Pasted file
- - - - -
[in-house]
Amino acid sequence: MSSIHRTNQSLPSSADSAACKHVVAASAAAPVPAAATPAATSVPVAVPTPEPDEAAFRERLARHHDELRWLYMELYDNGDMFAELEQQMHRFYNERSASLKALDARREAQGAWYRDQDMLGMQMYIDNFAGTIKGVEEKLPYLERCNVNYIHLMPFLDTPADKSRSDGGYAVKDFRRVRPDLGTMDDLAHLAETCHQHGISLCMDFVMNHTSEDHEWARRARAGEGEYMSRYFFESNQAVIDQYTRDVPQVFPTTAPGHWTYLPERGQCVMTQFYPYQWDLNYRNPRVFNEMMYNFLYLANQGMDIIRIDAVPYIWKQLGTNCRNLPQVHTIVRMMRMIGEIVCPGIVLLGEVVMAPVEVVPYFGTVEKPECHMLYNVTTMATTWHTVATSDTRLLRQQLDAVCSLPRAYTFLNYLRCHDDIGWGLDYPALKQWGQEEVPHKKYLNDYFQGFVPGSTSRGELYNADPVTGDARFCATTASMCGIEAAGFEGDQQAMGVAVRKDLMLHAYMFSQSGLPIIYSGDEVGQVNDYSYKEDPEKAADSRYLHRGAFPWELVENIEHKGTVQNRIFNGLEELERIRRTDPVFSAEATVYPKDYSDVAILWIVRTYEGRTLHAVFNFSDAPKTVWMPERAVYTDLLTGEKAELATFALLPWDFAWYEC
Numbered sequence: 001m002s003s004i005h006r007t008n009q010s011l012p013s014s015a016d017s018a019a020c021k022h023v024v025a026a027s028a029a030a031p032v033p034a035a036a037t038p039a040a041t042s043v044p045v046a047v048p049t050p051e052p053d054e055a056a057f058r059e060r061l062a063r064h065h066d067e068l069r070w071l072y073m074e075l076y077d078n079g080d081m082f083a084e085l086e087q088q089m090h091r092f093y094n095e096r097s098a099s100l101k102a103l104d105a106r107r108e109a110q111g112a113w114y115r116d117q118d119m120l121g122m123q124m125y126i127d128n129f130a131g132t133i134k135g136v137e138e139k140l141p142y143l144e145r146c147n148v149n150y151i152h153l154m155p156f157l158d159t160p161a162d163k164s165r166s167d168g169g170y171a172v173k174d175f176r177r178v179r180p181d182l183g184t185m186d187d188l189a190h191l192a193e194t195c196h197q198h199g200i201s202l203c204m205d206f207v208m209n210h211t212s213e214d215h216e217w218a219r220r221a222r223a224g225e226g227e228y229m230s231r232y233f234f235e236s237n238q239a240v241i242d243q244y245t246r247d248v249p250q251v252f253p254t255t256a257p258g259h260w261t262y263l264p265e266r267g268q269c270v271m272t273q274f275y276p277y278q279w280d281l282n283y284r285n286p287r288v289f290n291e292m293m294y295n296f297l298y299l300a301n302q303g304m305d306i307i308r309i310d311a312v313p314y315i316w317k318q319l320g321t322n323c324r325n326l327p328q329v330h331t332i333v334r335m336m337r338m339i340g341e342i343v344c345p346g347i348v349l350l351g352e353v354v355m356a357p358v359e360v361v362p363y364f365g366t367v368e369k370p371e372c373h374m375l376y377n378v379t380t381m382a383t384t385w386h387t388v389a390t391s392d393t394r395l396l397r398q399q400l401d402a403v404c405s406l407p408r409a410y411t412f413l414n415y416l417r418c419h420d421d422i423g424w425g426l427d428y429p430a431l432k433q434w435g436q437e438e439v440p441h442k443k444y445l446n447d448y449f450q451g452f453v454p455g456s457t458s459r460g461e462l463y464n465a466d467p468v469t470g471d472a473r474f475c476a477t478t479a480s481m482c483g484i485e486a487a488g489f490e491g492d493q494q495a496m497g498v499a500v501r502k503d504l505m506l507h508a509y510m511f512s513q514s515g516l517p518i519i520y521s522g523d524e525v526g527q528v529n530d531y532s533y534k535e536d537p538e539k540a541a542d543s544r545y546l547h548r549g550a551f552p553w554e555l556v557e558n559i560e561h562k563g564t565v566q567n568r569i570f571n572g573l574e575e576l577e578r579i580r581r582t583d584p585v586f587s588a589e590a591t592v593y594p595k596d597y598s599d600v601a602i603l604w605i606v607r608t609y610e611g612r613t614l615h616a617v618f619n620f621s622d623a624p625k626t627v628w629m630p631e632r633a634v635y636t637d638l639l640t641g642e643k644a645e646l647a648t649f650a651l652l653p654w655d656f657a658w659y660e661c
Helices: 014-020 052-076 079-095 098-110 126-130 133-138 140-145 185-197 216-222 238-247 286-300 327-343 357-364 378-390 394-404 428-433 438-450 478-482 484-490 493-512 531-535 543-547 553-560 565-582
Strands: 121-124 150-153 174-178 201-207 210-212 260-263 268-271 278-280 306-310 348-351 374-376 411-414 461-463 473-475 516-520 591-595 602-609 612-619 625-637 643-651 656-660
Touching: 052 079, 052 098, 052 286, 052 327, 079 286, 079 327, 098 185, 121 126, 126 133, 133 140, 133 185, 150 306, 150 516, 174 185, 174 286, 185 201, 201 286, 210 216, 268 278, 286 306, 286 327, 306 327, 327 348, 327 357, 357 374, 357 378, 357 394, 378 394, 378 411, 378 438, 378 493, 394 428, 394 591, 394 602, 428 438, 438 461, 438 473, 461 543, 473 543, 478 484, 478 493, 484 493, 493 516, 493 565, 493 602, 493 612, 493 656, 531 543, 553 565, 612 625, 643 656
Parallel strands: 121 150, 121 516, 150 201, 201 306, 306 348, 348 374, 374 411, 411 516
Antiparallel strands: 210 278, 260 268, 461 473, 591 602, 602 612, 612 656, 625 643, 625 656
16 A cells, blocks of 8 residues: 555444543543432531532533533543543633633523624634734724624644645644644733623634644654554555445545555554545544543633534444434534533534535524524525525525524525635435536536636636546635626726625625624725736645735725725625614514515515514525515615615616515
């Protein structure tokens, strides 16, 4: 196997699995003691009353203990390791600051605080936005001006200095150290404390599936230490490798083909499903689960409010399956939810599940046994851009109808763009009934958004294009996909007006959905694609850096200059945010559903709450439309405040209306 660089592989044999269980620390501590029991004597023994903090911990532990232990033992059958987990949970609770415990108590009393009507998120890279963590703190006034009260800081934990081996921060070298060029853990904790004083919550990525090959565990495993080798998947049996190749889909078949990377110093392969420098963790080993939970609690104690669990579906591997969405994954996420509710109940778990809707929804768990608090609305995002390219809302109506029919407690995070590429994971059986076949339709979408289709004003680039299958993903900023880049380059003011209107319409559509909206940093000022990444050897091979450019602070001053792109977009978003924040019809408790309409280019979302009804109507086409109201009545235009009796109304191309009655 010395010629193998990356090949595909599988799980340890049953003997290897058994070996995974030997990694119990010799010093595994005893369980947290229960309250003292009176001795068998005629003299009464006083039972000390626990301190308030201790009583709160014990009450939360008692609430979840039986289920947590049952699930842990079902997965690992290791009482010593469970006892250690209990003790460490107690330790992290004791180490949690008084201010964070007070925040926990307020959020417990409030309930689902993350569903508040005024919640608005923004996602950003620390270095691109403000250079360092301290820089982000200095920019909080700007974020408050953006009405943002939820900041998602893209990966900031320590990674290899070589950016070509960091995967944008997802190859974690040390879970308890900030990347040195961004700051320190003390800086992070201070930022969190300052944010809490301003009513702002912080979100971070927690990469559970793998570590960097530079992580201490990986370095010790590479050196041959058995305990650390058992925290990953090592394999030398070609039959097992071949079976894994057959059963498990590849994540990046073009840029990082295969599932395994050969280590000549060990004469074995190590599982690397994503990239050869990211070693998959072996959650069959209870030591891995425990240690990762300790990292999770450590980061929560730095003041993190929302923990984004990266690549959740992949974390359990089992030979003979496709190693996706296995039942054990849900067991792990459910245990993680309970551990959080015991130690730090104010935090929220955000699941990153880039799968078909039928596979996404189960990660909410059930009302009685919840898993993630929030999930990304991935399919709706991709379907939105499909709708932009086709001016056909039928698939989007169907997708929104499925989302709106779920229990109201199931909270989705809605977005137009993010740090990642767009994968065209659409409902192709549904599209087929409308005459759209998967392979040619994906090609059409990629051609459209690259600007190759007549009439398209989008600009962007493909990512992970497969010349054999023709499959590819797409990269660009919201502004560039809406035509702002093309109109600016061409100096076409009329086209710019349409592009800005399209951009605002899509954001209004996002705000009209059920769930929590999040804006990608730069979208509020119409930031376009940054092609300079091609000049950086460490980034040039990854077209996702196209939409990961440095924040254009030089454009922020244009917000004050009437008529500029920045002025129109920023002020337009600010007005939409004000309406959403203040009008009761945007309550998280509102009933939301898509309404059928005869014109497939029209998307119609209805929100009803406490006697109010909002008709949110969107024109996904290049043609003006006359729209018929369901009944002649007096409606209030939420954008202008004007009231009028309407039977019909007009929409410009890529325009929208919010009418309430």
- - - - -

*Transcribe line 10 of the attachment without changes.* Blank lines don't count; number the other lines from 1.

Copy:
């Protein structure tokens, strides 16, 4: 196997699995003691009353203990390791600051605080936005001006200095150290404390599936230490490798083909499903689960409010399956939810599940046994851009109808763009009934958004294009996909007006959905694609850096200059945010559903709450439309405040209306 660089592989044999269980620390501590029991004597023994903090911990532990232990033992059958987990949970609770415990108590009393009507998120890279963590703190006034009260800081934990081996921060070298060029853990904790004083919550990525090959565990495993080798998947049996190749889909078949990377110093392969420098963790080993939970609690104690669990579906591997969405994954996420509710109940778990809707929804768990608090609305995002390219809302109506029919407690995070590429994971059986076949339709979408289709004003680039299958993903900023880049380059003011209107319409559509909206940093000022990444050897091979450019602070001053792109977009978003924040019809408790309409280019979302009804109507086409109201009545235009009796109304191309009655 010395010629193998990356090949595909599988799980340890049953003997290897058994070996995974030997990694119990010799010093595994005893369980947290229960309250003292009176001795068998005629003299009464006083039972000390626990301190308030201790009583709160014990009450939360008692609430979840039986289920947590049952699930842990079902997965690992290791009482010593469970006892250690209990003790460490107690330790992290004791180490949690008084201010964070007070925040926990307020959020417990409030309930689902993350569903508040005024919640608005923004996602950003620390270095691109403000250079360092301290820089982000200095920019909080700007974020408050953006009405943002939820900041998602893209990966900031320590990674290899070589950016070509960091995967944008997802190859974690040390879970308890900030990347040195961004700051320190003390800086992070201070930022969190300052944010809490301003009513702002912080979100971070927690990469559970793998570590960097530079992580201490990986370095010790590479050196041959058995305990650390058992925290990953090592394999030398070609039959097992071949079976894994057959059963498990590849994540990046073009840029990082295969599932395994050969280590000549060990004469074995190590599982690397994503990239050869990211070693998959072996959650069959209870030591891995425990240690990762300790990292999770450590980061929560730095003041993190929302923990984004990266690549959740992949974390359990089992030979003979496709190693996706296995039942054990849900067991792990459910245990993680309970551990959080015991130690730090104010935090929220955000699941990153880039799968078909039928596979996404189960990660909410059930009302009685919840898993993630929030999930990304991935399919709706991709379907939105499909709708932009086709001016056909039928698939989007169907997708929104499925989302709106779920229990109201199931909270989705809605977005137009993010740090990642767009994968065209659409409902192709549904599209087929409308005459759209998967392979040619994906090609059409990629051609459209690259600007190759007549009439398209989008600009962007493909990512992970497969010349054999023709499959590819797409990269660009919201502004560039809406035509702002093309109109600016061409100096076409009329086209710019349409592009800005399209951009605002899509954001209004996002705000009209059920769930929590999040804006990608730069979208509020119409930031376009940054092609300079091609000049950086460490980034040039990854077209996702196209939409990961440095924040254009030089454009922020244009917000004050009437008529500029920045002025129109920023002020337009600010007005939409004000309406959403203040009008009761945007309550998280509102009933939301898509309404059928005869014109497939029209998307119609209805929100009803406490006697109010909002008709949110969107024109996904290049043609003006006359729209018929369901009944002649007096409606209030939420954008202008004007009231009028309407039977019909007009929409410009890529325009929208919010009418309430």